Former NRECA President James O. Baker Dead at 77
By Derrill Holly, ECT.coop
James O. Baker, a former NRECA president and longtime Tennessee co-op executive who helped shape the nation’s rural electric cooperative program for more than a generation, died April 11. He was 77.
Baker began his career at Middle Tennessee Electric Membership Cooperative in 1960 as a newly minted electrical engineer, fresh from Vanderbilt University. Over the years, he was an active and visionary champion of co-op issues in Tennessee and at the national level through NRECA.
“Co-op leaders often say that we are ‘standing on the shoulders of giants.’ Mr. Baker was truly one of those giants,” said David Callis, executive vice president and general manager of the Tennessee Electric Cooperative Association. “He was a servant and a leader who had great passion for the people of rural Tennessee.”
The Donelson, Tenn., native spent much of his life in Murfreesboro, where he worked 19 years in Middle Tennessee EMC’s engineering department before becoming assistant general manager in 1979. He assumed the co-op’s presidency the following year and held that post until his retirement in 2003.
“Mr. Baker’s leadership helped build one of the nation’s strongest electric systems to serve the members of Middle Tennessee Electric, and our cooperative continues to benefit as a result,” said Chris Jones, the current president and CEO of the Murfreesboro-based co-op. “Our thoughts and prayers are with Mr. Baker’s daughter, Connie; his son, Mark; and all of the family.”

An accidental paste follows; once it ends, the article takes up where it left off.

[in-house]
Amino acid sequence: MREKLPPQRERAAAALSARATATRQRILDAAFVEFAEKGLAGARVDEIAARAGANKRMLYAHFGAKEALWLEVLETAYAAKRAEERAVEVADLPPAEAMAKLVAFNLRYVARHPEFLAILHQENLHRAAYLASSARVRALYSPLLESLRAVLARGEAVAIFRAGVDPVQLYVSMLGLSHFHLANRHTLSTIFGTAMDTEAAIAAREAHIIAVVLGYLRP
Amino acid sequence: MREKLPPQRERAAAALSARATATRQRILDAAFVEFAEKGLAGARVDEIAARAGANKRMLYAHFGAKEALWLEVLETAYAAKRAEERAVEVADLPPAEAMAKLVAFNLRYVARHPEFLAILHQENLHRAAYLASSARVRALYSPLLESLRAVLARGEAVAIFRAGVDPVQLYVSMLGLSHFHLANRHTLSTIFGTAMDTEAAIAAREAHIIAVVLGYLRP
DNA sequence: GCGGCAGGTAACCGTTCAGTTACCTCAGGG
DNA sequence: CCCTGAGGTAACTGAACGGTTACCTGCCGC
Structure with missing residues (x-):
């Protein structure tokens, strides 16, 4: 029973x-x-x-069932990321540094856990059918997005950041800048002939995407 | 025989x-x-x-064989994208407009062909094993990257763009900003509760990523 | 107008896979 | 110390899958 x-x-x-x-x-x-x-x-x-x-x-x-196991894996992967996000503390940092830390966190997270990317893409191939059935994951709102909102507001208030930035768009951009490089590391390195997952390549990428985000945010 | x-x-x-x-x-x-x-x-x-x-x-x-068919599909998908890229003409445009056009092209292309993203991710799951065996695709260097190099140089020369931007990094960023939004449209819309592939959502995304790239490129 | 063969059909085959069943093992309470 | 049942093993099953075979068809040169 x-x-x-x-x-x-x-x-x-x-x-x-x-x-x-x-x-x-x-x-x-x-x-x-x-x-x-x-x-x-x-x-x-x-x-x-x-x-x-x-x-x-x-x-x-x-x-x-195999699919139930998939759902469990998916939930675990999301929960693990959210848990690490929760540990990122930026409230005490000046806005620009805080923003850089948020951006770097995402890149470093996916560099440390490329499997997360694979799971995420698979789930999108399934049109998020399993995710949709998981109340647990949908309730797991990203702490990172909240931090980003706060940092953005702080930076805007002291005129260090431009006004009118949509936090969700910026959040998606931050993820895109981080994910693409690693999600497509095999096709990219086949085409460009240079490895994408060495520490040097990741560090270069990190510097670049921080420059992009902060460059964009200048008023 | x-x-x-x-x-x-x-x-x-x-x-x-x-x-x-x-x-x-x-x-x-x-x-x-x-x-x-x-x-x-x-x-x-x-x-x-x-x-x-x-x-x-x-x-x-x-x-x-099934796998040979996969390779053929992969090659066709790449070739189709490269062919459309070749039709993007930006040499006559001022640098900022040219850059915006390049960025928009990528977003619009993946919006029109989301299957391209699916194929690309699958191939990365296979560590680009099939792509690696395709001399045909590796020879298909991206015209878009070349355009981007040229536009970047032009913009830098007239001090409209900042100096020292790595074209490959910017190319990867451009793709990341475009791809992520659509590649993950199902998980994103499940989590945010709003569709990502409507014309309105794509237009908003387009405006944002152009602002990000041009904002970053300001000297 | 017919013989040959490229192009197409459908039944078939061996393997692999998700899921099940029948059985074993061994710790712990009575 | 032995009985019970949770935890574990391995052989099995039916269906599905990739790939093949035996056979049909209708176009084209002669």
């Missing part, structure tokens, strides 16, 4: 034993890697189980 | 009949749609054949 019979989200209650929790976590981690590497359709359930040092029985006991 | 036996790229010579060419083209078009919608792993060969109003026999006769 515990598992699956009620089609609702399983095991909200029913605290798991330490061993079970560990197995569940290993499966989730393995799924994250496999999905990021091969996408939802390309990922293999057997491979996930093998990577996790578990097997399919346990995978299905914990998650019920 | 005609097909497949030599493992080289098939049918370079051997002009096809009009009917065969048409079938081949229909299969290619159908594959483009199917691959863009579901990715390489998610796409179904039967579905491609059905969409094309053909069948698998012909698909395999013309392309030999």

Baker became Tennessee’s representative on the NRECA board in 1985, and was elected to numerous leadership posts in the 1990s, serving as president for two years beginning in 1997.
“Jim was a strong advocate of strategic planning and served as the chair of the NRECA board strategic planning committee prior to being elected to the officer ranks of NRECA,” said Martin Lowery, NRECA executive vice president, member and association relations. “I remember very clearly his perspective on planning in his often-used phrase, ‘What gets focused on gets done.’ ”
According to NRECA officials, Baker’s influence in strengthening the association’s resolutions process to provide guidance for member co-ops on critical policy issues was among his major achievements.
He was also the driving force behind the creation of NRECA’s transmission and distribution engineering committee in 1991, which continues to keep co-ops current with changing technology and helps the Rural Utilities Service maintain its support for engineering standards.
“Throughout his tenure on the NRECA board, Jim was always looked up to by his fellow board members as a soft-spoken leader and voice of unity,” Lowery said.